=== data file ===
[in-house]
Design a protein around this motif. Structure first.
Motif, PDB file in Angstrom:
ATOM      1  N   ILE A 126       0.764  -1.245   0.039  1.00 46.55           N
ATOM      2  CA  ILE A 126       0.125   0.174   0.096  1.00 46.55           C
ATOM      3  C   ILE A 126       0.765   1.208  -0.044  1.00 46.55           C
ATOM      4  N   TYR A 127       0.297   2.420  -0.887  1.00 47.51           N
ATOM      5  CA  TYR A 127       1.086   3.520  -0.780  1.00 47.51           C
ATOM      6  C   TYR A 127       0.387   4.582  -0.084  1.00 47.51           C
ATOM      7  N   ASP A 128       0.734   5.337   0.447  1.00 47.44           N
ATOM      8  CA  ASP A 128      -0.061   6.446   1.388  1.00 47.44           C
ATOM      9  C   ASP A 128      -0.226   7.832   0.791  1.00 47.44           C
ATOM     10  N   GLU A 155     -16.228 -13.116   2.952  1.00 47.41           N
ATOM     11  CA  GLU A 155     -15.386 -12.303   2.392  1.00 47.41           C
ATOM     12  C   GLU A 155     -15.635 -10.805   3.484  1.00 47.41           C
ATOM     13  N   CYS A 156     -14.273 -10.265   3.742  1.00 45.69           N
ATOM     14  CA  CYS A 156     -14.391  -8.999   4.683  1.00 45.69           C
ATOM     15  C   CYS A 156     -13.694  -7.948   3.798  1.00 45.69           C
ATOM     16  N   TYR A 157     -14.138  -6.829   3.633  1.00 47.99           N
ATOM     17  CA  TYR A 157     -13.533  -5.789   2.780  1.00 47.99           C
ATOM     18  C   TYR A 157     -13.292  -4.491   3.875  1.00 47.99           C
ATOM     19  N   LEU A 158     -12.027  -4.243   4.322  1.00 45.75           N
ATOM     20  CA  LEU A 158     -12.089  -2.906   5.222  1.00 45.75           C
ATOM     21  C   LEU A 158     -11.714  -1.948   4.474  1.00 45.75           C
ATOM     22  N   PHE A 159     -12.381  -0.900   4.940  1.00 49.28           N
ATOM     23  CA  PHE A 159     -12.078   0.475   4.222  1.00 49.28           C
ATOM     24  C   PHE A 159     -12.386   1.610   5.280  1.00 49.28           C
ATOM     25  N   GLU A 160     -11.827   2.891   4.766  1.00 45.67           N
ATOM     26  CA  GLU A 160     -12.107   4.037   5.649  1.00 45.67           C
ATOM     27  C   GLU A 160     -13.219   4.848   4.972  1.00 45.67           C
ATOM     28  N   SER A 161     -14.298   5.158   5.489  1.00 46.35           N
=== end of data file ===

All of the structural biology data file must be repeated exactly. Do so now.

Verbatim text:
[in-house]
Design a protein around this motif. Structure first.
Motif, PDB file in Angstrom:
ATOM      1  N   ILE A 126       0.764  -1.245   0.039  1.00 46.55           N
ATOM      2  CA  ILE A 126       0.125   0.174   0.096  1.00 46.55           C
ATOM      3  C   ILE A 126       0.765   1.208  -0.044  1.00 46.55           C
ATOM      4  N   TYR A 127       0.297   2.420  -0.887  1.00 47.51           N
ATOM      5  CA  TYR A 127       1.086   3.520  -0.780  1.00 47.51           C
ATOM      6  C   TYR A 127       0.387   4.582  -0.084  1.00 47.51           C
ATOM      7  N   ASP A 128       0.734   5.337   0.447  1.00 47.44           N
ATOM      8  CA  ASP A 128      -0.061   6.446   1.388  1.00 47.44           C
ATOM      9  C   ASP A 128      -0.226   7.832   0.791  1.00 47.44           C
ATOM     10  N   GLU A 155     -16.228 -13.116   2.952  1.00 47.41           N
ATOM     11  CA  GLU A 155     -15.386 -12.303   2.392  1.00 47.41           C
ATOM     12  C   GLU A 155     -15.635 -10.805   3.484  1.00 47.41           C
ATOM     13  N   CYS A 156     -14.273 -10.265   3.742  1.00 45.69           N
ATOM     14  CA  CYS A 156     -14.391  -8.999   4.683  1.00 45.69           C
ATOM     15  C   CYS A 156     -13.694  -7.948   3.798  1.00 45.69           C
ATOM     16  N   TYR A 157     -14.138  -6.829   3.633  1.00 47.99           N
ATOM     17  CA  TYR A 157     -13.533  -5.789   2.780  1.00 47.99           C
ATOM     18  C   TYR A 157     -13.292  -4.491   3.875  1.00 47.99           C
ATOM     19  N   LEU A 158     -12.027  -4.243   4.322  1.00 45.75           N
ATOM     20  CA  LEU A 158     -12.089  -2.906   5.222  1.00 45.75           C
ATOM     21  C   LEU A 158     -11.714  -1.948   4.474  1.00 45.75           C
ATOM     22  N   PHE A 159     -12.381  -0.900   4.940  1.00 49.28           N
ATOM     23  CA  PHE A 159     -12.078   0.475   4.222  1.00 49.28           C
ATOM     24  C   PHE A 159     -12.386   1.610   5.280  1.00 49.28           C
ATOM     25  N   GLU A 160     -11.827   2.891   4.766  1.00 45.67           N
ATOM     26  CA  GLU A 160     -12.107   4.037   5.649  1.00 45.67           C
ATOM     27  C   GLU A 160     -13.219   4.848   4.972  1.00 45.67           C
ATOM     28  N   SER A 161     -14.298   5.158   5.489  1.00 46.35           N